King's Lynn Aluminium Fabricators

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Guild hall in Kings Lynn 02

Review of King's Lynn:

Factfile for Kings Lynn:

Location of Kings Lynn: Norfolk, East of England, Eastern England, UK.

Kings Lynn Post Code: PE30

Dialling Code for Kings Lynn: 01553

Population of Kings Lynn: 42,800 (Census of 2011)

Ordnance Survey Map Reference for Kings Lynn: TF62390

In the beginning called Lynn or Lin (and later as Bishop's Lynn), the lively town of Kings Lynn was in past times one of the more important seaports in Britain. King's Lynn at this time has a populace of about 42,800 and draws in quite a lot of sightseers, who go to absorb the historical past of this charming town and to appreciate its numerous fine tourist attractions and entertainment possibilities. The name "Lynn" derives from the Celtic word for "pool or lake" and doubtless indicates the truth that this place once was engulfed by a sizable tidal lake.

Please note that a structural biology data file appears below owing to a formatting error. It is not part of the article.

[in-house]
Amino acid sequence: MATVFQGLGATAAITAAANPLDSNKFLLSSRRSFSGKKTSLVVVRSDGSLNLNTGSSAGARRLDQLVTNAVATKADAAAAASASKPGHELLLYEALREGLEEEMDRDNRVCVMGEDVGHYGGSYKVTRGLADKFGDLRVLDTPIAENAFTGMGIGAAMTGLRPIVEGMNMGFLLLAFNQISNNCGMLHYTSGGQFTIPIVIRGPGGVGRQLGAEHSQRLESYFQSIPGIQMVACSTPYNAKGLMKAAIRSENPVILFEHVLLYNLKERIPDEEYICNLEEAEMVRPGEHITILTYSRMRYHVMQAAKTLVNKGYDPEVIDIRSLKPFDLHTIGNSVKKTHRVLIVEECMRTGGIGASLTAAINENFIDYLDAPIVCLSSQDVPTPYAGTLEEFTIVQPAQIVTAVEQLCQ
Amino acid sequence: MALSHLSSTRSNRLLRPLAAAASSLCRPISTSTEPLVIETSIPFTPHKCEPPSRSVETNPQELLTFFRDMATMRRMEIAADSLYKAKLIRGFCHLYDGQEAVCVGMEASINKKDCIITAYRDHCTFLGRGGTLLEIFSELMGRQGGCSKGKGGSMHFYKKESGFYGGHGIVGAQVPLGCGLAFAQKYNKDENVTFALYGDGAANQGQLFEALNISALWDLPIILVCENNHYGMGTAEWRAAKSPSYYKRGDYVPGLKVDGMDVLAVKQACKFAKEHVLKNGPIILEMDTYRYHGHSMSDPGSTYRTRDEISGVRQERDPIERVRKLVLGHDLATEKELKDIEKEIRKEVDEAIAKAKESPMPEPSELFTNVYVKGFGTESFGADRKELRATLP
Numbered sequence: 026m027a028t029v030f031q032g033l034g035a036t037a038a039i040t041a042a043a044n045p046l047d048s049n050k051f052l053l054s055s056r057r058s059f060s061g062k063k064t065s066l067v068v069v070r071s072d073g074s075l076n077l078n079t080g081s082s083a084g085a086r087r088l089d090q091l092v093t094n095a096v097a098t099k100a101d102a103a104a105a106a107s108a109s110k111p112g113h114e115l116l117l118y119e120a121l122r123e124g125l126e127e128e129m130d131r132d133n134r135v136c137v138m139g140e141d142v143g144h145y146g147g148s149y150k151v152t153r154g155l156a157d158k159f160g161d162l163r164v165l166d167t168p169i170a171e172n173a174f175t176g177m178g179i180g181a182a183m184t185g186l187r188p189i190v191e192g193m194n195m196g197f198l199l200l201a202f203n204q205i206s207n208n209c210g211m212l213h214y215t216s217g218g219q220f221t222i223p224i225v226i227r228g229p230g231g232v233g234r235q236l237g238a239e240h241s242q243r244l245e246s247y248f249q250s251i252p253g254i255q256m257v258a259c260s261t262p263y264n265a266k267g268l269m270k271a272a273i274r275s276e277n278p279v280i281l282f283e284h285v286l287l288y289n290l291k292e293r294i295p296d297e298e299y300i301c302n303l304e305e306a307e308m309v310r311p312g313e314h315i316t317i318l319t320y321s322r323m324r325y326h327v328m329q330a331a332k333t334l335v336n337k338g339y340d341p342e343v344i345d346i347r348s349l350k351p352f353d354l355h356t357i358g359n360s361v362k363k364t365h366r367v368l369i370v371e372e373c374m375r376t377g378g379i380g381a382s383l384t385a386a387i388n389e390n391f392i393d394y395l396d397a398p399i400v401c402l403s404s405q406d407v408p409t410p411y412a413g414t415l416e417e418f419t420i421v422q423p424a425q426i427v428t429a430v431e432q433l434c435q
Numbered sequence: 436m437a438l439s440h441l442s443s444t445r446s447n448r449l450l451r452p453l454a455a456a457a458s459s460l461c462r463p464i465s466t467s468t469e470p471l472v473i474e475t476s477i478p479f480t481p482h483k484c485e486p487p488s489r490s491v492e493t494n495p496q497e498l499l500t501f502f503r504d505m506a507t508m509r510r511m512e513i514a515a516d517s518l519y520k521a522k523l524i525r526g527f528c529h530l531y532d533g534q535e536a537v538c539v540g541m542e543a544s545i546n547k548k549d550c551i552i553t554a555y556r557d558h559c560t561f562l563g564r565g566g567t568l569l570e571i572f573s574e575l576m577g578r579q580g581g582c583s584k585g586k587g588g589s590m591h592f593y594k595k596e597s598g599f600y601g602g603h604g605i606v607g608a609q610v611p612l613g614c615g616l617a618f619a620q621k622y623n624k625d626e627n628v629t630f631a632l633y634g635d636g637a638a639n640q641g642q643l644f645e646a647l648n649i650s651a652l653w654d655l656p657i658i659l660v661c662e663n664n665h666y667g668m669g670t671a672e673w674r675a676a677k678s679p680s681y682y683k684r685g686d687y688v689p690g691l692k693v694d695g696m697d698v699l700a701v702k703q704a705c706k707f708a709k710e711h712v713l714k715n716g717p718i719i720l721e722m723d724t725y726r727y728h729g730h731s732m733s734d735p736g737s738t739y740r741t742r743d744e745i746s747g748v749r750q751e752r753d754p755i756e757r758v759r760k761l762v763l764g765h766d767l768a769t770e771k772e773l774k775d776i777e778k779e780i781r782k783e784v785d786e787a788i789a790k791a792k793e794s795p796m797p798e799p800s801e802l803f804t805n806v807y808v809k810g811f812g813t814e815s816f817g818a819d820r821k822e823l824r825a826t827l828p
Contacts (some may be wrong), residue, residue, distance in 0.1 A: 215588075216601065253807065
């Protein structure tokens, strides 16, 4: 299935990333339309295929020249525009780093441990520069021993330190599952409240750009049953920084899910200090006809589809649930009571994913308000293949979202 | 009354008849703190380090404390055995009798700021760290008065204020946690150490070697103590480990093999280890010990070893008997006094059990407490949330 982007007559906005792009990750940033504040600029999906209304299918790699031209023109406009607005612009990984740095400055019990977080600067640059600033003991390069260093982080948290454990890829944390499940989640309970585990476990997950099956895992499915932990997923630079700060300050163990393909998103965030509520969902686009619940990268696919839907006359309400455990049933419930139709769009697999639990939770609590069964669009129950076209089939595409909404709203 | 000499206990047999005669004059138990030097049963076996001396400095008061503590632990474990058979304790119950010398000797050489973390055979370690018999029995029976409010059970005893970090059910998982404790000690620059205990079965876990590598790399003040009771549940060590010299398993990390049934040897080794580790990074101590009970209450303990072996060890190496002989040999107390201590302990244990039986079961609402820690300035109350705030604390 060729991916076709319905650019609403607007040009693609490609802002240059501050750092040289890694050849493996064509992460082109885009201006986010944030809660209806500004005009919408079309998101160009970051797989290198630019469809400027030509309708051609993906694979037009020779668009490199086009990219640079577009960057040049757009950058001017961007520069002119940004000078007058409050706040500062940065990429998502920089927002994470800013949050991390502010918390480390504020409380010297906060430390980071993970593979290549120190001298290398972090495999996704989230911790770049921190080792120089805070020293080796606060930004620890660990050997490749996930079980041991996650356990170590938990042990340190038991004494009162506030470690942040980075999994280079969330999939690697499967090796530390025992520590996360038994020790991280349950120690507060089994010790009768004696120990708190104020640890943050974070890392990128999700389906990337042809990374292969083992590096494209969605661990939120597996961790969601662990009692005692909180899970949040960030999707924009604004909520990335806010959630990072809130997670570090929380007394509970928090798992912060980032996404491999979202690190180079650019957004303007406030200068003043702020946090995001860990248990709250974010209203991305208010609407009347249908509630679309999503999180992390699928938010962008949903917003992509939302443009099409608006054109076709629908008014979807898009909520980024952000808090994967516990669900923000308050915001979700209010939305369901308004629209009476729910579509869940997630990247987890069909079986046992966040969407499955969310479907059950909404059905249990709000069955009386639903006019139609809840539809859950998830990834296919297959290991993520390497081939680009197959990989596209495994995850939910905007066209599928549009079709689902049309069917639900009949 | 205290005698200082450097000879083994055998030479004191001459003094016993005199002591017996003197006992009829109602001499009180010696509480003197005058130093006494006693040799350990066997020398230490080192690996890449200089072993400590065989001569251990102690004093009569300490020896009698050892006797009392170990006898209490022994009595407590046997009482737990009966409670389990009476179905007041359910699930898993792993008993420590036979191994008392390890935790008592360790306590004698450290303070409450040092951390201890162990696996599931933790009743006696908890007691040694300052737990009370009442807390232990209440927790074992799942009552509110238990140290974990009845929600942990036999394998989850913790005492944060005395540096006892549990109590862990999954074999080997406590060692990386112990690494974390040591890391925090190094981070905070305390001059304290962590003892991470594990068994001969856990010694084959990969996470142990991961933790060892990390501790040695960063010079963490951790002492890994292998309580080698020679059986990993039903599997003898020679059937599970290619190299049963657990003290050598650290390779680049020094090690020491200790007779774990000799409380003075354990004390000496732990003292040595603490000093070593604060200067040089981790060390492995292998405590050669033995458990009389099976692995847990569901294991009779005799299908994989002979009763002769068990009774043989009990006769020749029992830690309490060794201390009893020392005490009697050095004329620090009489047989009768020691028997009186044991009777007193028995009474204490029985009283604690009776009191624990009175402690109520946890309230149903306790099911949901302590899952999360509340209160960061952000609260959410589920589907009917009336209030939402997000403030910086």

The town of King's Lynn is found on the Wash in West Norfolk, that enormous chunk from England's east coast where in 1215, King John supposedly lost all his Crown Jewels. He had been fed and watered by the burghers of Lynn (as it was named back then), then a growing port, and as he went westwards on the way to Newark, he was caught by a dangerous high tide and the treasure was lost and never to be found again. A short while afterwards, he died of a surfeit of lampreys (or a surfeit of peaches), subject to which account you believe. At this time King's Lynn was always a natural hub, the main town for business between the East Midlands and East Anglia, the train terminus of the London, Cambridge, Ely main line, and a bridging point which connects 'high' Norfolk stretching in the direction of Norwich to the east, with 'low' Norfolk, the flat fens and marsh lands south of the Wash.